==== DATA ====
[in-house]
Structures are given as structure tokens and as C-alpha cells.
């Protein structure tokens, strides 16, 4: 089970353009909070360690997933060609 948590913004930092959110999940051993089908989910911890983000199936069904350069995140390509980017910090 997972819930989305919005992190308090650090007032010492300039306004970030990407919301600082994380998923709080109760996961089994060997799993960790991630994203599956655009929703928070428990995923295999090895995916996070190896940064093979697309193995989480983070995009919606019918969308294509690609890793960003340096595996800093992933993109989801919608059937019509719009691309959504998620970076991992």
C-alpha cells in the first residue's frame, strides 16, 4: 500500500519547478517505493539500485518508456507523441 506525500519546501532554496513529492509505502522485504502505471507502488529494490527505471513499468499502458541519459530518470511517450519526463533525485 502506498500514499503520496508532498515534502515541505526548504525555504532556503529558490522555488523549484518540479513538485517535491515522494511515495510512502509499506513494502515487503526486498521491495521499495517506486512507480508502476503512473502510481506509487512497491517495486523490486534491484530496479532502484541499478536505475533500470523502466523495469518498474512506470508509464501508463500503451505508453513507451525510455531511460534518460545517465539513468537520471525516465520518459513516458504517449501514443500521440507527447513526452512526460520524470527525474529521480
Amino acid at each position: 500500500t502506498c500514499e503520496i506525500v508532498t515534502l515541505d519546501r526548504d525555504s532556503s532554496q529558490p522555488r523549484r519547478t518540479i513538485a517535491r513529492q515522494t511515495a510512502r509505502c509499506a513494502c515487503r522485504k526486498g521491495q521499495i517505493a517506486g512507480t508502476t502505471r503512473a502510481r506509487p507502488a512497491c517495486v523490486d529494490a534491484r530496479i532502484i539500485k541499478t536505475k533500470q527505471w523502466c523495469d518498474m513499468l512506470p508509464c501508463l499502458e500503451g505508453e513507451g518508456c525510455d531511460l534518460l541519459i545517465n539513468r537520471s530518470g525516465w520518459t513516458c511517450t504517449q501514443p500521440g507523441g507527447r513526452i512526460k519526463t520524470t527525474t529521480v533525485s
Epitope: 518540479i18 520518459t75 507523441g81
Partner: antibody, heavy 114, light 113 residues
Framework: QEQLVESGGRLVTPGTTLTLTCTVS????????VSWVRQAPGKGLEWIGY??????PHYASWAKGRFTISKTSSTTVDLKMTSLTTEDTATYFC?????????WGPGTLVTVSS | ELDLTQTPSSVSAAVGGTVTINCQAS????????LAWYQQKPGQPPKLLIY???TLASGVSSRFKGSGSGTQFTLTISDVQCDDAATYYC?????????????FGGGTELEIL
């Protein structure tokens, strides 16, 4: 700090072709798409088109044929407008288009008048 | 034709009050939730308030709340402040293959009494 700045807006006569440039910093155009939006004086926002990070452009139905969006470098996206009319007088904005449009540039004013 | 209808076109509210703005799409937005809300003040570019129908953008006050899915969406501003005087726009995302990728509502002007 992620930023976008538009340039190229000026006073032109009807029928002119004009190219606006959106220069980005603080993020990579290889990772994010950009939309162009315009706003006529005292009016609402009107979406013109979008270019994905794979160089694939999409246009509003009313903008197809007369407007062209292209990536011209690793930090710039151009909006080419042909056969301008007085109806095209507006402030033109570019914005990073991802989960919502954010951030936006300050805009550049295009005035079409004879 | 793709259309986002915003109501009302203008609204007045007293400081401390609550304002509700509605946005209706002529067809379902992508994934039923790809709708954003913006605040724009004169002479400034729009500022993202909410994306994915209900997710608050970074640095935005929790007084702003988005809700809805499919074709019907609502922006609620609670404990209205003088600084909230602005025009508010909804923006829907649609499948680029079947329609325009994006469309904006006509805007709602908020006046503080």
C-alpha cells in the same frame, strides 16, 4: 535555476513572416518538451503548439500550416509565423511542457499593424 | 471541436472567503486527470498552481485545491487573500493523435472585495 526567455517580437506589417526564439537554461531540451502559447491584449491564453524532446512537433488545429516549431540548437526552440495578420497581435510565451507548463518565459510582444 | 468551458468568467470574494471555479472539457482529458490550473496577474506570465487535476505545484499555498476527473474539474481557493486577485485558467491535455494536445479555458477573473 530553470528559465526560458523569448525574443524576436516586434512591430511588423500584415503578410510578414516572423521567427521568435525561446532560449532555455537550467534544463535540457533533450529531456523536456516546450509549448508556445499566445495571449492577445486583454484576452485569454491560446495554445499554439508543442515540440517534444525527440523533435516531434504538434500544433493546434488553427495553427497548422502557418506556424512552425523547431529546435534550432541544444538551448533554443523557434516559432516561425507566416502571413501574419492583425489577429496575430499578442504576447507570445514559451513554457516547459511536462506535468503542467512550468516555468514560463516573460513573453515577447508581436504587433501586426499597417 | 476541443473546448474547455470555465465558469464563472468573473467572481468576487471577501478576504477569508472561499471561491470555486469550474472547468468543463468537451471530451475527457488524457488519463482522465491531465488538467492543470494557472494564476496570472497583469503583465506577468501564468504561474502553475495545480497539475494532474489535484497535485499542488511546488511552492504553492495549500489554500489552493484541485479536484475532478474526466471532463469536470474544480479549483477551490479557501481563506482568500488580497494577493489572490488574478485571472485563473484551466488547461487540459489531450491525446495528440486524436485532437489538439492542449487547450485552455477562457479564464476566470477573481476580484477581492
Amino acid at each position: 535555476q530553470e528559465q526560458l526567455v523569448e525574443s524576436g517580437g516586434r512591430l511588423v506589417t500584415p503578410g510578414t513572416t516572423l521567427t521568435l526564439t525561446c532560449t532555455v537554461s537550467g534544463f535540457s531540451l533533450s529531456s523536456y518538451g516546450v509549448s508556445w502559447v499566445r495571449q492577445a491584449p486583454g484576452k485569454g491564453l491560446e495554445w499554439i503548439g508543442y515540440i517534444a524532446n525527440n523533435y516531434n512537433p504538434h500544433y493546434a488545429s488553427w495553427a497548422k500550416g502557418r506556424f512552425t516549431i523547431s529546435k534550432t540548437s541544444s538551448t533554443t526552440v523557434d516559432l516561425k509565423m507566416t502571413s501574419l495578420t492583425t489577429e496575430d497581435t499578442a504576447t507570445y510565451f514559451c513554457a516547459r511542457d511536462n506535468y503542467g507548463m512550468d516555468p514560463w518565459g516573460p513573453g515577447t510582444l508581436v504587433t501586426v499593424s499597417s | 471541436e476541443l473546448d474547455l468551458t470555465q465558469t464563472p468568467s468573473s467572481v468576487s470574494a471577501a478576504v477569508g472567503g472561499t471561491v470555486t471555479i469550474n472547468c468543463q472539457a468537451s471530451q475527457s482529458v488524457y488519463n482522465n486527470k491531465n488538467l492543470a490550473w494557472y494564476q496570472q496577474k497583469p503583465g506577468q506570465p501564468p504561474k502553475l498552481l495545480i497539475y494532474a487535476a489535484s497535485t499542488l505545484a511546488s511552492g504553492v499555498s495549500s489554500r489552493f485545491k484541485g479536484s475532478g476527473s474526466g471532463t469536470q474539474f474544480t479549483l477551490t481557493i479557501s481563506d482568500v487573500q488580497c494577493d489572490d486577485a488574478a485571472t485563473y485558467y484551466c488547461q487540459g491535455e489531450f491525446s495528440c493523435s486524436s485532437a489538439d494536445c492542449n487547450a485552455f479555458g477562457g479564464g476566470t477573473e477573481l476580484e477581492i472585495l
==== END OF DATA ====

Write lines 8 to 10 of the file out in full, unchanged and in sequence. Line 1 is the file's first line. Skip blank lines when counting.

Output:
Framework: QEQLVESGGRLVTPGTTLTLTCTVS????????VSWVRQAPGKGLEWIGY??????PHYASWAKGRFTISKTSSTTVDLKMTSLTTEDTATYFC?????????WGPGTLVTVSS | ELDLTQTPSSVSAAVGGTVTINCQAS????????LAWYQQKPGQPPKLLIY???TLASGVSSRFKGSGSGTQFTLTISDVQCDDAATYYC?????????????FGGGTELEIL
């Protein structure tokens, strides 16, 4: 700090072709798409088109044929407008288009008048 | 034709009050939730308030709340402040293959009494 700045807006006569440039910093155009939006004086926002990070452009139905969006470098996206009319007088904005449009540039004013 | 209808076109509210703005799409937005809300003040570019129908953008006050899915969406501003005087726009995302990728509502002007 992620930023976008538009340039190229000026006073032109009807029928002119004009190219606006959106220069980005603080993020990579290889990772994010950009939309162009315009706003006529005292009016609402009107979406013109979008270019994905794979160089694939999409246009509003009313903008197809007369407007062209292209990536011209690793930090710039151009909006080419042909056969301008007085109806095209507006402030033109570019914005990073991802989960919502954010951030936006300050805009550049295009005035079409004879 | 793709259309986002915003109501009302203008609204007045007293400081401390609550304002509700509605946005209706002529067809379902992508994934039923790809709708954003913006605040724009004169002479400034729009500022993202909410994306994915209900997710608050970074640095935005929790007084702003988005809700809805499919074709019907609502922006609620609670404990209205003088600084909230602005025009508010909804923006829907649609499948680029079947329609325009994006469309904006006509805007709602908020006046503080």
C-alpha cells in the same frame, strides 16, 4: 535555476513572416518538451503548439500550416509565423511542457499593424 | 471541436472567503486527470498552481485545491487573500493523435472585495 526567455517580437506589417526564439537554461531540451502559447491584449491564453524532446512537433488545429516549431540548437526552440495578420497581435510565451507548463518565459510582444 | 468551458468568467470574494471555479472539457482529458490550473496577474506570465487535476505545484499555498476527473474539474481557493486577485485558467491535455494536445479555458477573473 530553470528559465526560458523569448525574443524576436516586434512591430511588423500584415503578410510578414516572423521567427521568435525561446532560449532555455537550467534544463535540457533533450529531456523536456516546450509549448508556445499566445495571449492577445486583454484576452485569454491560446495554445499554439508543442515540440517534444525527440523533435516531434504538434500544433493546434488553427495553427497548422502557418506556424512552425523547431529546435534550432541544444538551448533554443523557434516559432516561425507566416502571413501574419492583425489577429496575430499578442504576447507570445514559451513554457516547459511536462506535468503542467512550468516555468514560463516573460513573453515577447508581436504587433501586426499597417 | 476541443473546448474547455470555465465558469464563472468573473467572481468576487471577501478576504477569508472561499471561491470555486469550474472547468468543463468537451471530451475527457488524457488519463482522465491531465488538467492543470494557472494564476496570472497583469503583465506577468501564468504561474502553475495545480497539475494532474489535484497535485499542488511546488511552492504553492495549500489554500489552493484541485479536484475532478474526466471532463469536470474544480479549483477551490479557501481563506482568500488580497494577493489572490488574478485571472485563473484551466488547461487540459489531450491525446495528440486524436485532437489538439492542449487547450485552455477562457479564464476566470477573481476580484477581492